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Chamber’s Joseph Previte dies at 86

Former Queens Chamber of Commerce President Joseph Previte died from complications following a minor stroke at a Queens hospital Monday. He was 86.

"Joe believed in a life of service to the community," said Frank Macchio, a board member of the Queens Chamber and the Flushing Rotary, of which Previte had also been a member.

He was also a friend of Previte for 20 years. "He was a leader among men. When there was a cause in need, he would corral the troops to put on a benefit or fund-raiser," said Macchio. "He could never say no to a charitable organization. Joe was twice my age, but I could never keep up with him."

Previte, whose father was a dress manufacturer, attended Newtown High School and served in the United States Army, Macchio said. He worked as an attorney in Queens for 60 years, Macchio said.

He served as president of the Queens Chamber of Commerce from 1993 to 1997 and was active in the Flushing Rotary for more than 10 years, Macchio said. Previte also formerly served as a commissioner to the city's Elections Board, Macchio said.

Albert Pennisi, the chamber president, said he knew Previte for more than 25 years.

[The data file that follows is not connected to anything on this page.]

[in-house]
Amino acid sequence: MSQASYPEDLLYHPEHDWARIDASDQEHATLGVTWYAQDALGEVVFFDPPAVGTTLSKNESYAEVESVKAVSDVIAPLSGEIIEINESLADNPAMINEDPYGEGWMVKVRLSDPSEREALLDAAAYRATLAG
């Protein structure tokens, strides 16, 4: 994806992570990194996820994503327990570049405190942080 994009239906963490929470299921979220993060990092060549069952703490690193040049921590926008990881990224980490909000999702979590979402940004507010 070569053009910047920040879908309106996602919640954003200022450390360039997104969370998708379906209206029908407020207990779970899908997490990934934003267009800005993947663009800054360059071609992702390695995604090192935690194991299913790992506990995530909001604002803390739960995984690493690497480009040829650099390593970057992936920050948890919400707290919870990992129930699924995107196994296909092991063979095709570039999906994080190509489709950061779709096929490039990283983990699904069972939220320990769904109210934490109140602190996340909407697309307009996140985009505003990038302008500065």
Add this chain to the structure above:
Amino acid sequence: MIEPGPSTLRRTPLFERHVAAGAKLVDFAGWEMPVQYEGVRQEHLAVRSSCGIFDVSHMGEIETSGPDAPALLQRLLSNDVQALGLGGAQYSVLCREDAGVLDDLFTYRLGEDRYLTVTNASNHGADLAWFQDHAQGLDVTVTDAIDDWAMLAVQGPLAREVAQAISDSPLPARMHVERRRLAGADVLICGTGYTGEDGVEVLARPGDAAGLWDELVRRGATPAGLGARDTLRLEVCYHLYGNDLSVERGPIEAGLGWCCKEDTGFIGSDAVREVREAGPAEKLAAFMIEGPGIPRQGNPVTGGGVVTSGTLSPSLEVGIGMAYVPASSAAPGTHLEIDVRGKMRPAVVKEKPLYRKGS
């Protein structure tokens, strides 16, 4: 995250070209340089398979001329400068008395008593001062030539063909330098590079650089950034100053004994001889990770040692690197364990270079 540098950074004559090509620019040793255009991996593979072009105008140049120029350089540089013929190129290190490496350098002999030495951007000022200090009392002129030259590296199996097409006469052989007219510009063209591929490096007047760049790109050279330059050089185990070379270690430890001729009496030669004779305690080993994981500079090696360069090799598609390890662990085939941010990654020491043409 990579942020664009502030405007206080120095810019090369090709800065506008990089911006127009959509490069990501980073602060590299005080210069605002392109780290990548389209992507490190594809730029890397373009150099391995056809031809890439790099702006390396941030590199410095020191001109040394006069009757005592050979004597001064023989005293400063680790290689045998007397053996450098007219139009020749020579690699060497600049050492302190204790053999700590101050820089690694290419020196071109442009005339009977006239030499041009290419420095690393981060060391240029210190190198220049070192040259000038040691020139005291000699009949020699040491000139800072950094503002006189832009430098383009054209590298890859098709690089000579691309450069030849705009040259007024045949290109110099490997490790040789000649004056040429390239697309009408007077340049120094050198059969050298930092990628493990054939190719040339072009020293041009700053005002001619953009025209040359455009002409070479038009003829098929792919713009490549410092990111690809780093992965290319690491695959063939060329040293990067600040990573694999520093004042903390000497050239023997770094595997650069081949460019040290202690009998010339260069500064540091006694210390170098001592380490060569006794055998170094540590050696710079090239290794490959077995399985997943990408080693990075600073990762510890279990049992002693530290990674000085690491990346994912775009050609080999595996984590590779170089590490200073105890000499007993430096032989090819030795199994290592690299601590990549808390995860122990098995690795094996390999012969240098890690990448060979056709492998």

"He was a true gentleman," he said. "At the Queens Chamber and as a community activist, he was the most community-minded person you'd ever meet. He worked countless hours for the residential and business community of Queens."

Former City Councilman Thomas Ognibene, a 2005 mayoral candidate, said he knew Previte from his time on the City Council.

"He was very active in the Republican Party and was a very honorable man," Ognibene said.

State Sen. Serphin Maltese (R-Glendale) said he would put in a resolution with the state's legislative body to mark Previte's death.

"He was a spark plug, a guy who was devoted to the community," Maltese said. "He'll be missed."

Macchio said Previte also had a great passion for food.

"He was famously known for his linguini in white clam sauce, which he must have served to thousands of Queens residents," he said. "He had a love for cooking and would often entertain 20 to 40 people at his home for dinner. It was a who's who crowd of politicians, judges and business owners."

Previte also visited Italy annually for more than 50 years, Macchio said.

Previte, who was born in Astoria but living in Cedarhurst, L.I. at the time of his death, is survived by Gloria Previte, his wife of nearly 50 years, Macchio said.

A wake for Previte was scheduled for Wednesday at the Papervero Funeral Home on Grand Avenue in Maspeth, while a mass was scheduled for Thursday at Our Lady of Hope Church on Eliot Avenue in Middle Village.

Reach reporter Nathan Duke by e-mail at news@timesledger.com or by phone at 718-229-0300, Ext. 156.

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